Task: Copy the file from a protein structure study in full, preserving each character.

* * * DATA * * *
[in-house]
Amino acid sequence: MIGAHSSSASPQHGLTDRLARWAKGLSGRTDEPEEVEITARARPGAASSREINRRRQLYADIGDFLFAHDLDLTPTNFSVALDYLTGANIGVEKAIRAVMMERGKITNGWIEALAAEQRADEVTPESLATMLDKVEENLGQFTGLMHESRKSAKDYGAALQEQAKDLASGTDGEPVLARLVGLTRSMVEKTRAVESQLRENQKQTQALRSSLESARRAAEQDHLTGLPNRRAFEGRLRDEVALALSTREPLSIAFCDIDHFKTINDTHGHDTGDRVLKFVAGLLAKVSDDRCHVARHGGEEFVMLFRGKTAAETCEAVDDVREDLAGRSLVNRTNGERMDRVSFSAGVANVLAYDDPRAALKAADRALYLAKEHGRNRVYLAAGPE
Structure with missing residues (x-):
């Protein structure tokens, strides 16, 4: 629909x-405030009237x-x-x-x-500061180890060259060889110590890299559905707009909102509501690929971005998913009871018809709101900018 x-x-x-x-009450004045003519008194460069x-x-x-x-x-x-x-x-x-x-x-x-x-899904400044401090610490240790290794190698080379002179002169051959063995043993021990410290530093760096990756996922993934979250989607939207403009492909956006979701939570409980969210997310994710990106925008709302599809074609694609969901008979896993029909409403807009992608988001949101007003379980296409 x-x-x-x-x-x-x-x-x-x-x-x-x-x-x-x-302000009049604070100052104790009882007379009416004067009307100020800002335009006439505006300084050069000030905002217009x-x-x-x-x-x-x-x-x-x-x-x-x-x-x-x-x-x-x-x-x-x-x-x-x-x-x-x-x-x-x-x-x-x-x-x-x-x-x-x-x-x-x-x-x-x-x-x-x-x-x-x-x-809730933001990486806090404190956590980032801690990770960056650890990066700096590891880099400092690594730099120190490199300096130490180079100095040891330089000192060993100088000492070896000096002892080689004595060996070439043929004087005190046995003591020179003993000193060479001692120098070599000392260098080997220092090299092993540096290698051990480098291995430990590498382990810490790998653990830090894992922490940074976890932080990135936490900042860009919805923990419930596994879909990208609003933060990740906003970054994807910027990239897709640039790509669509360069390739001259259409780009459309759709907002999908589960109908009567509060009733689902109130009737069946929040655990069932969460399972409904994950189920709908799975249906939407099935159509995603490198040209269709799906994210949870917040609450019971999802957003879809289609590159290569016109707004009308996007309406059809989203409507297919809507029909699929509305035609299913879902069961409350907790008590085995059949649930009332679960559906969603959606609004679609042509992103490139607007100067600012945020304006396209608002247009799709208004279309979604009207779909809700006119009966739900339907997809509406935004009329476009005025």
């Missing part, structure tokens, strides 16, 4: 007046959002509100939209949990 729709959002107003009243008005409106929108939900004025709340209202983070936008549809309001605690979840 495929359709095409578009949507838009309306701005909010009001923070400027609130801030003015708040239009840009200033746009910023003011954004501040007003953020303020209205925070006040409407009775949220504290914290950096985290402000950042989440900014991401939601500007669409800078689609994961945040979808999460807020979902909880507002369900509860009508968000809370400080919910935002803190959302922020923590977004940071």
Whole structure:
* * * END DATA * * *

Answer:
[in-house]
Amino acid sequence: MIGAHSSSASPQHGLTDRLARWAKGLSGRTDEPEEVEITARARPGAASSREINRRRQLYADIGDFLFAHDLDLTPTNFSVALDYLTGANIGVEKAIRAVMMERGKITNGWIEALAAEQRADEVTPESLATMLDKVEENLGQFTGLMHESRKSAKDYGAALQEQAKDLASGTDGEPVLARLVGLTRSMVEKTRAVESQLRENQKQTQALRSSLESARRAAEQDHLTGLPNRRAFEGRLRDEVALALSTREPLSIAFCDIDHFKTINDTHGHDTGDRVLKFVAGLLAKVSDDRCHVARHGGEEFVMLFRGKTAAETCEAVDDVREDLAGRSLVNRTNGERMDRVSFSAGVANVLAYDDPRAALKAADRALYLAKEHGRNRVYLAAGPE
Structure with missing residues (x-):
């Protein structure tokens, strides 16, 4: 629909x-405030009237x-x-x-x-500061180890060259060889110590890299559905707009909102509501690929971005998913009871018809709101900018 x-x-x-x-009450004045003519008194460069x-x-x-x-x-x-x-x-x-x-x-x-x-899904400044401090610490240790290794190698080379002179002169051959063995043993021990410290530093760096990756996922993934979250989607939207403009492909956006979701939570409980969210997310994710990106925008709302599809074609694609969901008979896993029909409403807009992608988001949101007003379980296409 x-x-x-x-x-x-x-x-x-x-x-x-x-x-x-x-302000009049604070100052104790009882007379009416004067009307100020800002335009006439505006300084050069000030905002217009x-x-x-x-x-x-x-x-x-x-x-x-x-x-x-x-x-x-x-x-x-x-x-x-x-x-x-x-x-x-x-x-x-x-x-x-x-x-x-x-x-x-x-x-x-x-x-x-x-x-x-x-x-809730933001990486806090404190956590980032801690990770960056650890990066700096590891880099400092690594730099120190490199300096130490180079100095040891330089000192060993100088000492070896000096002892080689004595060996070439043929004087005190046995003591020179003993000193060479001692120098070599000392260098080997220092090299092993540096290698051990480098291995430990590498382990810490790998653990830090894992922490940074976890932080990135936490900042860009919805923990419930596994879909990208609003933060990740906003970054994807910027990239897709640039790509669509360069390739001259259409780009459309759709907002999908589960109908009567509060009733689902109130009737069946929040655990069932969460399972409904994950189920709908799975249906939407099935159509995603490198040209269709799906994210949870917040609450019971999802957003879809289609590159290569016109707004009308996007309406059809989203409507297919809507029909699929509305035609299913879902069961409350907790008590085995059949649930009332679960559906969603959606609004679609042509992103490139607007100067600012945020304006396209608002247009799709208004279309979604009207779909809700006119009966739900339907997809509406935004009329476009005025």
């Missing part, structure tokens, strides 16, 4: 007046959002509100939209949990 729709959002107003009243008005409106929108939900004025709340209202983070936008549809309001605690979840 495929359709095409578009949507838009309306701005909010009001923070400027609130801030003015708040239009840009200033746009910023003011954004501040007003953020303020209205925070006040409407009775949220504290914290950096985290402000950042989440900014991401939601500007669409800078689609994961945040979808999460807020979902909880507002369900509860009508968000809370400080919910935002803190959302922020923590977004940071």
Whole structure: